We value success. Nobody, who sets out to reach a goal, wants to fail, but failure is inevitable. Part of being human is being fallible. If you can’t take anything else away from growing older, take away wisdom. Wisdom can only come from learning, and most of our learning comes from trial-and-error.

Many times when we fail at something, we end up reliving that event over and over again in our minds. We obsess about the failure itself, but don’t analyze the event to change the outcome should a similar event take place in the future. Rather than viewing our mistakes as something that should make us miserable, it makes more sense to view them as something to learn from. Professional athletes can prove this point. If you look at the best athletes of any sport, they not only dominate, but they fail as well. After periods of excellence, there are periods of adversity. The most successful athletes learn from failures and mistakes and make changes so that they can improve. If you look at the most under-achieving athletes, they likely got too caught up in worrying about failure, rather than looking at mistakes as an opportunity to grow.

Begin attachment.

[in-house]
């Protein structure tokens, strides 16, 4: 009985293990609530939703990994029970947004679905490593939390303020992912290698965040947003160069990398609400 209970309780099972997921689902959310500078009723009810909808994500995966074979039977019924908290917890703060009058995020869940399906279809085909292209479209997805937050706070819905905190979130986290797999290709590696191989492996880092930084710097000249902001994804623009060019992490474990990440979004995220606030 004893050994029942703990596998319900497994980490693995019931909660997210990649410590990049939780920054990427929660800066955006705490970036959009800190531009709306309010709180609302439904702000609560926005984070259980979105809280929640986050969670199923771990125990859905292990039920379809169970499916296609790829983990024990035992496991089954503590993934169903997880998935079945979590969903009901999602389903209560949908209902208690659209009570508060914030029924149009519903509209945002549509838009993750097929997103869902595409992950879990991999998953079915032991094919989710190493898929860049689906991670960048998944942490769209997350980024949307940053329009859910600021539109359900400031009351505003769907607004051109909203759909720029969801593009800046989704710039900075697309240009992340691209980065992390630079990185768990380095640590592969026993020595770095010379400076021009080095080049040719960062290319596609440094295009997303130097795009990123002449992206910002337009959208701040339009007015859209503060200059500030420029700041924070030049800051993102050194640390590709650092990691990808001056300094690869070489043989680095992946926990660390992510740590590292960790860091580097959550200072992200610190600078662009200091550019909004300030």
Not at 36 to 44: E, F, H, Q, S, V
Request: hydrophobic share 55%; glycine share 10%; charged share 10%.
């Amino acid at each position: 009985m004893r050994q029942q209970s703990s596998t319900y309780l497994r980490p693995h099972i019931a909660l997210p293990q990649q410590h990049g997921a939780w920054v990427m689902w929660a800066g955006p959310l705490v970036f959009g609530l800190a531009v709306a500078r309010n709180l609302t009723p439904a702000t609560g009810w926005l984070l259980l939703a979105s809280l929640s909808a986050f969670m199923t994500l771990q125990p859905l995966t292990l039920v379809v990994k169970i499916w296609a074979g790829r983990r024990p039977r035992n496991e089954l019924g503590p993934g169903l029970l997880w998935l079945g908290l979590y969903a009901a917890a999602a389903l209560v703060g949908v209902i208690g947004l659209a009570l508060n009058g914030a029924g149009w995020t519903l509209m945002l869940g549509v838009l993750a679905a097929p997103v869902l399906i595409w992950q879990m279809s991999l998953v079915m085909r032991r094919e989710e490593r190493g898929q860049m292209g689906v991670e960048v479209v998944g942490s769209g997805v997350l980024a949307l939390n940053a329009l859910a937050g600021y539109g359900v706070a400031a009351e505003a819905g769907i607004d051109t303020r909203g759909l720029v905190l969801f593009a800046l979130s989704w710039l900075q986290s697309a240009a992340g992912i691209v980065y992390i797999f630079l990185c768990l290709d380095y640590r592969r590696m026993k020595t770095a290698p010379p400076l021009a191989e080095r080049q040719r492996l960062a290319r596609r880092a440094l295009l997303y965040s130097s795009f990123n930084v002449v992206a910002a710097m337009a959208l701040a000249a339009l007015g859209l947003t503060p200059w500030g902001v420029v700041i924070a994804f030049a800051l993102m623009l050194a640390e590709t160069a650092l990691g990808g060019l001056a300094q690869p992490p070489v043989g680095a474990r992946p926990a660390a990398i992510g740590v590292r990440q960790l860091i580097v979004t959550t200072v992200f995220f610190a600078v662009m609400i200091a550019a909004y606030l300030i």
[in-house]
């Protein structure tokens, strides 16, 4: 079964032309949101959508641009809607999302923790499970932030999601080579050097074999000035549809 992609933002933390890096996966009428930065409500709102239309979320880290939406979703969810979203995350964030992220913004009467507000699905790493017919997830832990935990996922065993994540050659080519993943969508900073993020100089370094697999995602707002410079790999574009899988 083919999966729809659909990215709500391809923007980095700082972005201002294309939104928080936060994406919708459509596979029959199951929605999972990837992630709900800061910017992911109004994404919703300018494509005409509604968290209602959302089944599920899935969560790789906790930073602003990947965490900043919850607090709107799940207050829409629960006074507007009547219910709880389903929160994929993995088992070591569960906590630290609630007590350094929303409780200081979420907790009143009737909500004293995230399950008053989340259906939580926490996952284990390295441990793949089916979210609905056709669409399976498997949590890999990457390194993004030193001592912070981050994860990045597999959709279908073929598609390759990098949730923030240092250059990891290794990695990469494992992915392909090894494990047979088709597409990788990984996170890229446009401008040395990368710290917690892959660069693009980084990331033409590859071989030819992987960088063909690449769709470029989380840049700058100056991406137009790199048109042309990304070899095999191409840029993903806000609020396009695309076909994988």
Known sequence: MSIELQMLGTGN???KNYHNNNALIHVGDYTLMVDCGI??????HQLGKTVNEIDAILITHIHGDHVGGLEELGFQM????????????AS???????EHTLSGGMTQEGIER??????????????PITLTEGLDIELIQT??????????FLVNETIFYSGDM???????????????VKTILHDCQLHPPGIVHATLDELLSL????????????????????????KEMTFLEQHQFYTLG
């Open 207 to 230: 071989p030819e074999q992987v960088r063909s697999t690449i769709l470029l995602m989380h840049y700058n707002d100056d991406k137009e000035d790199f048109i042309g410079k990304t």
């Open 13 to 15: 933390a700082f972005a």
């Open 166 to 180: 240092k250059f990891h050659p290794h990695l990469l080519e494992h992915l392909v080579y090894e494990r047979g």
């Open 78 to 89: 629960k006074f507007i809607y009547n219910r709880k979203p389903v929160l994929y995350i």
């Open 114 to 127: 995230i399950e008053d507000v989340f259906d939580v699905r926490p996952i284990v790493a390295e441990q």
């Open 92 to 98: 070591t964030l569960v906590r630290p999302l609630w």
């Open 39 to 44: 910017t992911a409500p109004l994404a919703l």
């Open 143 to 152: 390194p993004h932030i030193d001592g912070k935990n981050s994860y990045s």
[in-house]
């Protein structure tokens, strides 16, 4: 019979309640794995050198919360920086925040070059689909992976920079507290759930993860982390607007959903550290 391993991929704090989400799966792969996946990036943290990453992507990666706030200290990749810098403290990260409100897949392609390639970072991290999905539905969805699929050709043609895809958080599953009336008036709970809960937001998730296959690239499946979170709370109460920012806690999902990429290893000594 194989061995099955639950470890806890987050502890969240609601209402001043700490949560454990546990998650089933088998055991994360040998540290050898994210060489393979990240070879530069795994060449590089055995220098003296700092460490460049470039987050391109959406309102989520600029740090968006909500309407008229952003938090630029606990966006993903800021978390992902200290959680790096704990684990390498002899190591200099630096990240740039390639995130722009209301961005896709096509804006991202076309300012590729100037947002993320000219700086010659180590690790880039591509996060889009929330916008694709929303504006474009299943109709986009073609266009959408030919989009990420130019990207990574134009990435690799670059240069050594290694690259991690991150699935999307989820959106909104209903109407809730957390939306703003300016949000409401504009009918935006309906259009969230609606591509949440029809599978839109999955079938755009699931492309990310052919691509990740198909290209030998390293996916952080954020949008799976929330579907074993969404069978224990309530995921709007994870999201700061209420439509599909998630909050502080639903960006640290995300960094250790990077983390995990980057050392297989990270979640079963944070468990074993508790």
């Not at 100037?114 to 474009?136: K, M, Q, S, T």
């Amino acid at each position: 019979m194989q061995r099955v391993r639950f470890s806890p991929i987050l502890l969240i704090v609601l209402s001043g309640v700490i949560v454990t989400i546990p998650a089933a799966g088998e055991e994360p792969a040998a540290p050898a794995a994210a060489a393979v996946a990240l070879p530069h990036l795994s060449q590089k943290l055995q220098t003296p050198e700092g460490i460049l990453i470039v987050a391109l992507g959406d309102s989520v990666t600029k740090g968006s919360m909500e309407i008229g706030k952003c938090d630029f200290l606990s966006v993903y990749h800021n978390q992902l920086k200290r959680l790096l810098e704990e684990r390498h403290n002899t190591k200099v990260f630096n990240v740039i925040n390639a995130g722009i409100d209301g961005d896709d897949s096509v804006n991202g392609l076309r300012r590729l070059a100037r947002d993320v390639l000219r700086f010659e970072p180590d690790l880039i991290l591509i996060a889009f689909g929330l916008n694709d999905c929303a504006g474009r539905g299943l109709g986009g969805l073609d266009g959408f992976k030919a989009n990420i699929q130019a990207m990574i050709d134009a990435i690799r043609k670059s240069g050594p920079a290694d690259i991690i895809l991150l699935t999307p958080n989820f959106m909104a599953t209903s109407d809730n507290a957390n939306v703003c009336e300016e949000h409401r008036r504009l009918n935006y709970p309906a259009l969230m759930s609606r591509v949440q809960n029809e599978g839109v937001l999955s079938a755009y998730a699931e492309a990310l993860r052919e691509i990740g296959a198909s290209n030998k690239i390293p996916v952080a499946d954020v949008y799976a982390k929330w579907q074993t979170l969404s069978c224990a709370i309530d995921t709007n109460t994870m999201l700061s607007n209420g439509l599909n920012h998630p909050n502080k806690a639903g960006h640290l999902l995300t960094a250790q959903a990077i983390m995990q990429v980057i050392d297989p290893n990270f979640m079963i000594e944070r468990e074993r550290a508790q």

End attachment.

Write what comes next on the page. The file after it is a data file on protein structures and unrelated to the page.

The best way to begin this transformation is to ask yourself tough questions. What could you have done differently? What parts of the event would you have changed? What was not in your control? Asking yourself such questions can give you insight into the event itself, which can help you put plans in place so that it doesn’t happen again.

All too often, people walk away from an event feeling as though they have huge battle scars. However they do not change how they react in similar situations that take place. If you accept that you are fallible, the scars will heal. Therefore, use a failure as a way to create a plan to change. Don’t waste time perseverating on what you didn’t do. Spend time thinking about what you can do now. This will not only make failure less intimidating, but will also likely help you succeed more often in the future.